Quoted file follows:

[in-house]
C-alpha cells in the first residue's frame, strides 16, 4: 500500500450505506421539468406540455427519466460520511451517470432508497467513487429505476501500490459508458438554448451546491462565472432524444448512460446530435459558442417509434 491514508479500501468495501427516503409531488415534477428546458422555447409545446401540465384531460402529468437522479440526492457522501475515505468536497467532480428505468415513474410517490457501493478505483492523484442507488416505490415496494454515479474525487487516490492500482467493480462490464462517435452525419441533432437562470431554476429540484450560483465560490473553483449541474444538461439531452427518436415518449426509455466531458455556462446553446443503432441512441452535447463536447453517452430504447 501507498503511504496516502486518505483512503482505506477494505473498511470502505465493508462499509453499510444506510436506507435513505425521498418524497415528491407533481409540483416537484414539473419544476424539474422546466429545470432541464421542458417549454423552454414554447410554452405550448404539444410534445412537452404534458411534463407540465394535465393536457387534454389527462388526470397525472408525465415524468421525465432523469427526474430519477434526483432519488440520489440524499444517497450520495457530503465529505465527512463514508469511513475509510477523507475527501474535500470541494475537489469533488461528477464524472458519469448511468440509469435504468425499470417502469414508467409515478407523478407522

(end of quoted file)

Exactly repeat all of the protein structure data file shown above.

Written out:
[in-house]
C-alpha cells in the first residue's frame, strides 16, 4: 500500500450505506421539468406540455427519466460520511451517470432508497467513487429505476501500490459508458438554448451546491462565472432524444448512460446530435459558442417509434 491514508479500501468495501427516503409531488415534477428546458422555447409545446401540465384531460402529468437522479440526492457522501475515505468536497467532480428505468415513474410517490457501493478505483492523484442507488416505490415496494454515479474525487487516490492500482467493480462490464462517435452525419441533432437562470431554476429540484450560483465560490473553483449541474444538461439531452427518436415518449426509455466531458455556462446553446443503432441512441452535447463536447453517452430504447 501507498503511504496516502486518505483512503482505506477494505473498511470502505465493508462499509453499510444506510436506507435513505425521498418524497415528491407533481409540483416537484414539473419544476424539474422546466429545470432541464421542458417549454423552454414554447410554452405550448404539444410534445412537452404534458411534463407540465394535465393536457387534454389527462388526470397525472408525465415524468421525465432523469427526474430519477434526483432519488440520489440524499444517497450520495457530503465529505465527512463514508469511513475509510477523507475527501474535500470541494475537489469533488461528477464524472458519469448511468440509469435504468425499470417502469414508467409515478407523478407522